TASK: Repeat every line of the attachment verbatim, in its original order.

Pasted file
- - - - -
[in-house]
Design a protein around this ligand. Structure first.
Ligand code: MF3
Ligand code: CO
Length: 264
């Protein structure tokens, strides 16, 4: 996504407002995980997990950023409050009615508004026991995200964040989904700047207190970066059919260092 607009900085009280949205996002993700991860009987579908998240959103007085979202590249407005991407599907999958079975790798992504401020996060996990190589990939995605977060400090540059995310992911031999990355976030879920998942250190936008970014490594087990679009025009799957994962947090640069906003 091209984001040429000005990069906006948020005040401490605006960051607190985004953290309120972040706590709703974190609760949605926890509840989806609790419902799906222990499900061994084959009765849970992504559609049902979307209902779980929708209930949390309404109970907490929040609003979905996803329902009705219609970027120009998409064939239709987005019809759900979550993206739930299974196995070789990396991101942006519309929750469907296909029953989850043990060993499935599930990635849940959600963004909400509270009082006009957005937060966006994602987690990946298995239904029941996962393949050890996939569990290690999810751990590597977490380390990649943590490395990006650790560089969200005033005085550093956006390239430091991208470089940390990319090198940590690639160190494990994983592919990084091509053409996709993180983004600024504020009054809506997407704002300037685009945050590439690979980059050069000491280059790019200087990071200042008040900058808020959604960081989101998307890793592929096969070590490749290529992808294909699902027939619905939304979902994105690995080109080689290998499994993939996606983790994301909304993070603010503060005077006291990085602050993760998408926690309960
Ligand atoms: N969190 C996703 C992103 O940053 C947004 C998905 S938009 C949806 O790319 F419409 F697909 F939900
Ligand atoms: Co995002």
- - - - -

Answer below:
[in-house]
Design a protein around this ligand. Structure first.
Ligand code: MF3
Ligand code: CO
Length: 264
């Protein structure tokens, strides 16, 4: 996504407002995980997990950023409050009615508004026991995200964040989904700047207190970066059919260092 607009900085009280949205996002993700991860009987579908998240959103007085979202590249407005991407599907999958079975790798992504401020996060996990190589990939995605977060400090540059995310992911031999990355976030879920998942250190936008970014490594087990679009025009799957994962947090640069906003 091209984001040429000005990069906006948020005040401490605006960051607190985004953290309120972040706590709703974190609760949605926890509840989806609790419902799906222990499900061994084959009765849970992504559609049902979307209902779980929708209930949390309404109970907490929040609003979905996803329902009705219609970027120009998409064939239709987005019809759900979550993206739930299974196995070789990396991101942006519309929750469907296909029953989850043990060993499935599930990635849940959600963004909400509270009082006009957005937060966006994602987690990946298995239904029941996962393949050890996939569990290690999810751990590597977490380390990649943590490395990006650790560089969200005033005085550093956006390239430091991208470089940390990319090198940590690639160190494990994983592919990084091509053409996709993180983004600024504020009054809506997407704002300037685009945050590439690979980059050069000491280059790019200087990071200042008040900058808020959604960081989101998307890793592929096969070590490749290529992808294909699902027939619905939304979902994105690995080109080689290998499994993939996606983790994301909304993070603010503060005077006291990085602050993760998408926690309960
Ligand atoms: N969190 C996703 C992103 O940053 C947004 C998905 S938009 C949806 O790319 F419409 F697909 F939900
Ligand atoms: Co995002």